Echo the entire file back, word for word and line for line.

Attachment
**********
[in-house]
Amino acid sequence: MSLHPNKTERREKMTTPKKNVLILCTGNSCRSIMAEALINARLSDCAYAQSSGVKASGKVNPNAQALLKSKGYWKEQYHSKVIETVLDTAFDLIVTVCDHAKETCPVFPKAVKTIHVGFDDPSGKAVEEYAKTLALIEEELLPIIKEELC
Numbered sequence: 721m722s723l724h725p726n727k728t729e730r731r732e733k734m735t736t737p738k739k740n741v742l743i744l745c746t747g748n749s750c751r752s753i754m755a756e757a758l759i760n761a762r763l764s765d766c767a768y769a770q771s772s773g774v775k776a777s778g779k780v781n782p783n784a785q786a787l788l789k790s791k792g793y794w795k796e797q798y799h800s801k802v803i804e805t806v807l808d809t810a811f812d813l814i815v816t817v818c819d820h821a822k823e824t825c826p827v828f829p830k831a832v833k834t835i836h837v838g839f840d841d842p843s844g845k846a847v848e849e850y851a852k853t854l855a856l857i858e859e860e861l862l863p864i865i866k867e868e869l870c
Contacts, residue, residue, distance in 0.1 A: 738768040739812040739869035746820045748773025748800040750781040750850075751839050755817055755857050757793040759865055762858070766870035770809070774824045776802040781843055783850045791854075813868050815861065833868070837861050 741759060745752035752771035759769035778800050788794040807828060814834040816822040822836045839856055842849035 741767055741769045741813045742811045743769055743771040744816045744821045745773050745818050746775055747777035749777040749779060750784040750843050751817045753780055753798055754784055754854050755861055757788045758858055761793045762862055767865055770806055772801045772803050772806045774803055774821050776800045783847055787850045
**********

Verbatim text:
[in-house]
Amino acid sequence: MSLHPNKTERREKMTTPKKNVLILCTGNSCRSIMAEALINARLSDCAYAQSSGVKASGKVNPNAQALLKSKGYWKEQYHSKVIETVLDTAFDLIVTVCDHAKETCPVFPKAVKTIHVGFDDPSGKAVEEYAKTLALIEEELLPIIKEELC
Numbered sequence: 721m722s723l724h725p726n727k728t729e730r731r732e733k734m735t736t737p738k739k740n741v742l743i744l745c746t747g748n749s750c751r752s753i754m755a756e757a758l759i760n761a762r763l764s765d766c767a768y769a770q771s772s773g774v775k776a777s778g779k780v781n782p783n784a785q786a787l788l789k790s791k792g793y794w795k796e797q798y799h800s801k802v803i804e805t806v807l808d809t810a811f812d813l814i815v816t817v818c819d820h821a822k823e824t825c826p827v828f829p830k831a832v833k834t835i836h837v838g839f840d841d842p843s844g845k846a847v848e849e850y851a852k853t854l855a856l857i858e859e860e861l862l863p864i865i866k867e868e869l870c
Contacts, residue, residue, distance in 0.1 A: 738768040739812040739869035746820045748773025748800040750781040750850075751839050755817055755857050757793040759865055762858070766870035770809070774824045776802040781843055783850045791854075813868050815861065833868070837861050 741759060745752035752771035759769035778800050788794040807828060814834040816822040822836045839856055842849035 741767055741769045741813045742811045743769055743771040744816045744821045745773050745818050746775055747777035749777040749779060750784040750843050751817045753780055753798055754784055754854050755861055757788045758858055761793045762862055767865055770806055772801045772803050772806045774803055774821050776800045783847055787850045